Is Your Safety Rating Costing You Business?
Whether you are a shipper looking to move goods or equipment, an agent booking a load, or a carrier making hauls, your company’s health and future depend on safety.
Statistics show that trucking remains one of the most dangerous occupations in the U.S. annually. The driving behavior of truckers employed by carriers has the potential to impact finances, fuel costs, truck maintenance expenses, and of course safety to others who share the road.
In an industry with more than a million carrier options, the Federal Motor Carrier Safety Administration (FMCSA) assigns individual carriers’ safety ratings. These ratings provide more transparency for shipper customers and freight agents looking to book loads with the safest, most reliable carriers.
Assigned Safety Ratings
The FMCSA assigns three ratings: Satisfactory, Conditional, or Unsatisfactory. A Conditional or Unsatisfactory rating indicates the FMCSA has determined that the carrier does not have “adequate safety management controls in place to ensure compliance with the safety fitness standard.”A Conditional or Unsatisfactory rating brings questions from shipper customers and freight agents and rate increases or cancellations from insurers and increased attention from regulatory authorities.
Carriers can only receive safety ratings following an on-site investigation called a "compliance review" conducted at the carrier's place of business. New carriers are required to get a compliance review within one (1) year.
Example of Scoring Accidents
AAA Trucking has had 3 DOT recordable accidents in the past 12 months. They have 15 units (vehicles) and ran 1,750,000 miles in the past 12 months.
3 (accidents) X 1,000,000 / 1,750,000 (miles driven) = 1.714
The total score should be under 1.5 to earn a Satisfactory rating.
If there were no other patterns of violations found, AAA Trucking would still receive a Conditional safety rating because scoring for the Factor 6 category must be below 1.5 to receive a Satisfactory rating.
If upon further review, there were other patterns of violations found (i.e., log violations, drug/alcohol testing, maintenance, etc.), then AAA Trucking would be downgraded further to an Unsatisfactory rating.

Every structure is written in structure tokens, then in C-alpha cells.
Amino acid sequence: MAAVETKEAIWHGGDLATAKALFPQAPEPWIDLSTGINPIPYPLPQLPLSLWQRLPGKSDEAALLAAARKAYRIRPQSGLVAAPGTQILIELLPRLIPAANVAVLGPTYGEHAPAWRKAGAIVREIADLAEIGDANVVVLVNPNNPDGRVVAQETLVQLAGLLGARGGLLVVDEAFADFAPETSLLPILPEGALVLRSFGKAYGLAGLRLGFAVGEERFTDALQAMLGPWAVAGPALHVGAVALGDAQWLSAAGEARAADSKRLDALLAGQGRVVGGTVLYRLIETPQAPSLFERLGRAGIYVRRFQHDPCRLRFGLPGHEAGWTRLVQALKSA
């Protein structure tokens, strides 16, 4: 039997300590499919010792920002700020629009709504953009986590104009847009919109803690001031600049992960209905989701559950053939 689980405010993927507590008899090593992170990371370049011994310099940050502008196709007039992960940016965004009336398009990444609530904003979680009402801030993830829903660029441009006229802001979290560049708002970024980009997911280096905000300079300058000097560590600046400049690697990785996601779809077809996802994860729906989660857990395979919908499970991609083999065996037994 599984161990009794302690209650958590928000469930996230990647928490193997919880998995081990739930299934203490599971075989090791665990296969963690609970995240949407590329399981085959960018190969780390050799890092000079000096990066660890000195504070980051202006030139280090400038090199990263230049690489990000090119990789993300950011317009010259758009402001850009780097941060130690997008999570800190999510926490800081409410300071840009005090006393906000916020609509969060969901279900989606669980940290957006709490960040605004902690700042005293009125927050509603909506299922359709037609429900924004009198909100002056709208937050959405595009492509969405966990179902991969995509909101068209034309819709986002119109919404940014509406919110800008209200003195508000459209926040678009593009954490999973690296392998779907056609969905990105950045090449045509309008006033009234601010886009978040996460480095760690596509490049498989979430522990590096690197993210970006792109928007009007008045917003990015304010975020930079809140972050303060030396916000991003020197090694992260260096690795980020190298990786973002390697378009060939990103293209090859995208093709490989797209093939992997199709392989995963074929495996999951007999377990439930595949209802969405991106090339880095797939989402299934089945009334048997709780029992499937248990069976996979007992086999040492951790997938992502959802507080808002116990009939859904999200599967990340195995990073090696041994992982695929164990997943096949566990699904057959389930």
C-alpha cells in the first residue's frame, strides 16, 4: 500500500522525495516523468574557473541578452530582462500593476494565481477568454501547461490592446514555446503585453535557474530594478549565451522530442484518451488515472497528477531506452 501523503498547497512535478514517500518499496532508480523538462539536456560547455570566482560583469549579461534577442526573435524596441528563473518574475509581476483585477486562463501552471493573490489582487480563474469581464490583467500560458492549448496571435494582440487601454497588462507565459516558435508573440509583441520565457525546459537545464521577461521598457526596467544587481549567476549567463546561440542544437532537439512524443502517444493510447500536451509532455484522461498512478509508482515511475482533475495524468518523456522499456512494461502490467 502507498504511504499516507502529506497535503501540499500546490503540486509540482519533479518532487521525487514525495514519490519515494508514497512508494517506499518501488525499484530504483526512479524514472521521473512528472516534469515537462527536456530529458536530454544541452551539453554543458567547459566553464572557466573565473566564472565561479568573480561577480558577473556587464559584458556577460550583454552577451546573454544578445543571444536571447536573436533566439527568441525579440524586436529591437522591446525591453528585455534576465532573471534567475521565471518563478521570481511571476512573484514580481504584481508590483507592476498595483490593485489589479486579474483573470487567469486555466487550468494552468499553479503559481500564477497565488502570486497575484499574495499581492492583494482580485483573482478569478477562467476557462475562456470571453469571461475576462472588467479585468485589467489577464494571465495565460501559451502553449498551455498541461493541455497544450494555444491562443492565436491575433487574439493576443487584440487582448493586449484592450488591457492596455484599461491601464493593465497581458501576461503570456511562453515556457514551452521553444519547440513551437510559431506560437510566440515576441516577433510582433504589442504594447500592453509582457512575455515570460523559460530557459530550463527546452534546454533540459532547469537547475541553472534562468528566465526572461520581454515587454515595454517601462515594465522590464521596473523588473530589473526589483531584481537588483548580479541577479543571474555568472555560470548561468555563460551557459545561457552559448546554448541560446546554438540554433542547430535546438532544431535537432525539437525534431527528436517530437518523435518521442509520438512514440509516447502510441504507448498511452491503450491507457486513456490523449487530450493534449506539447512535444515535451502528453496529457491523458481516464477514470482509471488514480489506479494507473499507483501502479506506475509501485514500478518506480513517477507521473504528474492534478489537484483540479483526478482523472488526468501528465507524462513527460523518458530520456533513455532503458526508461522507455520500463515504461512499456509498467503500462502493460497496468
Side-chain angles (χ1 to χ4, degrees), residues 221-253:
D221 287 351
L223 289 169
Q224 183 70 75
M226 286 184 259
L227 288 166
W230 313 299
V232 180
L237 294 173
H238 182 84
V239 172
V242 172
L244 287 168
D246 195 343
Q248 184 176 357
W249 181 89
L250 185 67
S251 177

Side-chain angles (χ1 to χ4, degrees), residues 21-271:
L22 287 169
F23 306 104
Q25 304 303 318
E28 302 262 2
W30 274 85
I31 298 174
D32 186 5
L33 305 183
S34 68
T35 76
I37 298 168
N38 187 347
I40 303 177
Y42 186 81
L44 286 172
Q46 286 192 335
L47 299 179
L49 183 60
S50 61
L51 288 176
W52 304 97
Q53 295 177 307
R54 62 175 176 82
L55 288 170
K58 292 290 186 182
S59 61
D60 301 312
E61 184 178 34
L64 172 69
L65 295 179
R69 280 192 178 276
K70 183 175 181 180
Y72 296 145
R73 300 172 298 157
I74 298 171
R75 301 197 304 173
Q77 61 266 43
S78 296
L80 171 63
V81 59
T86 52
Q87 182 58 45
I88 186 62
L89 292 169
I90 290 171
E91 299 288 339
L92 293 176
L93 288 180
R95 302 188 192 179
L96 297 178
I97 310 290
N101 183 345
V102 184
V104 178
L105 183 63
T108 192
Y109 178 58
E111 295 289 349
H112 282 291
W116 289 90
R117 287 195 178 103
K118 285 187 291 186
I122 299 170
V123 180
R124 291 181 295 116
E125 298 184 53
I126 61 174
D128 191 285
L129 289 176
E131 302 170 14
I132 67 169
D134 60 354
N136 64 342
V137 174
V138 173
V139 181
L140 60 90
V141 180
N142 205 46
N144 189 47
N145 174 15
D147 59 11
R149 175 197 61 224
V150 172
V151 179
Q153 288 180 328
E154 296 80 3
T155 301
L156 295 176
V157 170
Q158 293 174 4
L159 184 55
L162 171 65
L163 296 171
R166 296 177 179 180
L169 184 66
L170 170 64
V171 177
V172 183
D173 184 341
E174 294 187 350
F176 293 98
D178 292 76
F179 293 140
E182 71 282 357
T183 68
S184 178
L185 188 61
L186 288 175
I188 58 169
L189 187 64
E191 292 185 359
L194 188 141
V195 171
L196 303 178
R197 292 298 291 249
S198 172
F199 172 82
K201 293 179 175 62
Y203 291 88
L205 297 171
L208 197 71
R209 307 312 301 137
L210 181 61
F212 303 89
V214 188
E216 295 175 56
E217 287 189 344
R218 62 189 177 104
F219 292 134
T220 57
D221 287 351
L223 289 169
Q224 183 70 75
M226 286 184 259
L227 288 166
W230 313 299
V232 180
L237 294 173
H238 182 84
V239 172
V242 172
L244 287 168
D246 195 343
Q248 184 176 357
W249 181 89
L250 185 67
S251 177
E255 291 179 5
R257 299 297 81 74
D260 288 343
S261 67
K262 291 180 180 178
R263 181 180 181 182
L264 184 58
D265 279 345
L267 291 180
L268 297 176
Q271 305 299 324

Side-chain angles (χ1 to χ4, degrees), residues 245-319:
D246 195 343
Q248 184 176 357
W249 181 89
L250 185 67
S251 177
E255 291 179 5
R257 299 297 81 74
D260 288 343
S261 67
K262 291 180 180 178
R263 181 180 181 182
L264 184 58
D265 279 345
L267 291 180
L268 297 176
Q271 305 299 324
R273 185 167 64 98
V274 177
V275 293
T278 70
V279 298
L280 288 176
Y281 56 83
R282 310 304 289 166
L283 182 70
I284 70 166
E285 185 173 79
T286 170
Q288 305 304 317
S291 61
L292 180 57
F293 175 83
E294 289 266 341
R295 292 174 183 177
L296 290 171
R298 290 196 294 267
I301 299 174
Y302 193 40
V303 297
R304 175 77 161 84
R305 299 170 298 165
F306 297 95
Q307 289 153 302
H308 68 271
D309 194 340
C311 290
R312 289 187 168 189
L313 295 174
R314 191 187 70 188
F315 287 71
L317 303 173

If a conditional safety rating is not corrected, a carrier could lose their authority.
Increasing Ratings to Maintain Authority
In order to improve their safety rating, a carrier must make a formal request to the FMCSA to get their safety rating increased. The FMCSA may upgrade a Conditional or Unsatisfactory safety rating to Satisfactory if a carrier prevails in an administrative review proceeding.
To begin the review process, carriers must submit an application to the FMCSA. The carrier's application for review must contain a Safety Management Plan (SMP). The SMP will include the carrier's plan to fix the safety violations and explain what actions are being taken to correct the violation. Examples may include employee training, an increase in staff, or management changes. The SMP must also include an analysis of how the changes will meet the Satisfactory compliance level by the FMCSA long-term.
Generally, it takes 60-90 days for the plan to be reviewed by the FMCSA. A carrier with an Unsatisfactory or Conditional safety rating over a long time is cause for concern. This may indicate that the carrier has not applied for a compliance review with the FMCSA.
How Agents Use and Evaluate Safety Ratings
To access a carrier’s safety rating, shipper customers, agents, and freight brokers can search real-time scores through databases like Carrier411, SaferWatch, and RMIS. These tools make it easier than ever to research, qualify, and monitor the insurance, operating authority, and owner-operators and trucking companies’ safety ratings.
Many customers require the use of Satisfactory carriers only. To be considered by Armstrong, a Conditional carrier must submit their FMCSA cover letter formally requesting an upgraded score based on corrective action. Armstrong will also request the carrier's SMP to ensure a plan for corrective action is satisfactory to Armstrong. It is the agent's responsibility to understand their customer's particular contractual demands regarding carrier selection guidelines.
Want to Learn More?
It can be difficult through the ordinary course of business – if not impossible – to maintain a perfect safety rating. Maintenance issues crop up, and drivers make mistakes, but prioritizing safety can significantly lower overall costs and minimize impact to your bottom line. Ultimately, no cost of business is worth a human life.
If you have any questions about upgrading an assigned safety rating, please contact Emily M. Chiarizia, Esq. at firstname.lastname@example.org. Be sure to subscribe to our blog: ATG Fuel for Thought or visit our Learning Center to stay up-to-date with the latest information about Armstrong, logistics, and transportation.